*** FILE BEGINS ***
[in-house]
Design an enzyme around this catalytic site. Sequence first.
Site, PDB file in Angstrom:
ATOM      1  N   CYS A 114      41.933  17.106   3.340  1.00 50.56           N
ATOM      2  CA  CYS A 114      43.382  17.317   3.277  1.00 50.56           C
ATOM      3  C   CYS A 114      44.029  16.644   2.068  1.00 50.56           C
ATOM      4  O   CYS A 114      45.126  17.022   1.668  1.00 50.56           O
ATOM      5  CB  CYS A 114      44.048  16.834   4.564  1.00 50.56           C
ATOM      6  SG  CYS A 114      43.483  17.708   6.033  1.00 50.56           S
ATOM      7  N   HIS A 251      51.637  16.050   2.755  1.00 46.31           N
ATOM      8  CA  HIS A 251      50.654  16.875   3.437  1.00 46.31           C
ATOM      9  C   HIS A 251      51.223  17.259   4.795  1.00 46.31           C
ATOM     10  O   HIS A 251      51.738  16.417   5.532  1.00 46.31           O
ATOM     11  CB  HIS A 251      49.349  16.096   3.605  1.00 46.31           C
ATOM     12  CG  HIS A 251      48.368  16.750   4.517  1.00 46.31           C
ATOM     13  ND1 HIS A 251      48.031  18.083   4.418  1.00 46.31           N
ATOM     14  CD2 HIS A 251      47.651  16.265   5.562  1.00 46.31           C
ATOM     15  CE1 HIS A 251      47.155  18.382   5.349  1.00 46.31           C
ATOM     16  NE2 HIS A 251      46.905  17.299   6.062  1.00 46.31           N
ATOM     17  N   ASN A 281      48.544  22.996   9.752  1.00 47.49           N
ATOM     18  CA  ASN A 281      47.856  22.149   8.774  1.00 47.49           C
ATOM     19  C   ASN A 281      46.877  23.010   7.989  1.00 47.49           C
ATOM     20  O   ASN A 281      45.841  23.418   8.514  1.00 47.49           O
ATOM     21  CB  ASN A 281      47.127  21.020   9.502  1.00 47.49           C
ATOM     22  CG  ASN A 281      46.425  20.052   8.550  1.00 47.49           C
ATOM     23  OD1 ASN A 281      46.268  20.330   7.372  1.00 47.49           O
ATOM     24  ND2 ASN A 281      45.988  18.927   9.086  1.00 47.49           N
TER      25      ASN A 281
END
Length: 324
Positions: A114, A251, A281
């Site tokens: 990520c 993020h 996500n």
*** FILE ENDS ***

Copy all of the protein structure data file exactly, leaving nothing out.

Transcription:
[in-house]
Design an enzyme around this catalytic site. Sequence first.
Site, PDB file in Angstrom:
ATOM      1  N   CYS A 114      41.933  17.106   3.340  1.00 50.56           N
ATOM      2  CA  CYS A 114      43.382  17.317   3.277  1.00 50.56           C
ATOM      3  C   CYS A 114      44.029  16.644   2.068  1.00 50.56           C
ATOM      4  O   CYS A 114      45.126  17.022   1.668  1.00 50.56           O
ATOM      5  CB  CYS A 114      44.048  16.834   4.564  1.00 50.56           C
ATOM      6  SG  CYS A 114      43.483  17.708   6.033  1.00 50.56           S
ATOM      7  N   HIS A 251      51.637  16.050   2.755  1.00 46.31           N
ATOM      8  CA  HIS A 251      50.654  16.875   3.437  1.00 46.31           C
ATOM      9  C   HIS A 251      51.223  17.259   4.795  1.00 46.31           C
ATOM     10  O   HIS A 251      51.738  16.417   5.532  1.00 46.31           O
ATOM     11  CB  HIS A 251      49.349  16.096   3.605  1.00 46.31           C
ATOM     12  CG  HIS A 251      48.368  16.750   4.517  1.00 46.31           C
ATOM     13  ND1 HIS A 251      48.031  18.083   4.418  1.00 46.31           N
ATOM     14  CD2 HIS A 251      47.651  16.265   5.562  1.00 46.31           C
ATOM     15  CE1 HIS A 251      47.155  18.382   5.349  1.00 46.31           C
ATOM     16  NE2 HIS A 251      46.905  17.299   6.062  1.00 46.31           N
ATOM     17  N   ASN A 281      48.544  22.996   9.752  1.00 47.49           N
ATOM     18  CA  ASN A 281      47.856  22.149   8.774  1.00 47.49           C
ATOM     19  C   ASN A 281      46.877  23.010   7.989  1.00 47.49           C
ATOM     20  O   ASN A 281      45.841  23.418   8.514  1.00 47.49           O
ATOM     21  CB  ASN A 281      47.127  21.020   9.502  1.00 47.49           C
ATOM     22  CG  ASN A 281      46.425  20.052   8.550  1.00 47.49           C
ATOM     23  OD1 ASN A 281      46.268  20.330   7.372  1.00 47.49           O
ATOM     24  ND2 ASN A 281      45.988  18.927   9.086  1.00 47.49           N
TER      25      ASN A 281
END
Length: 324
Positions: A114, A251, A281
């Site tokens: 990520c 993020h 996500n």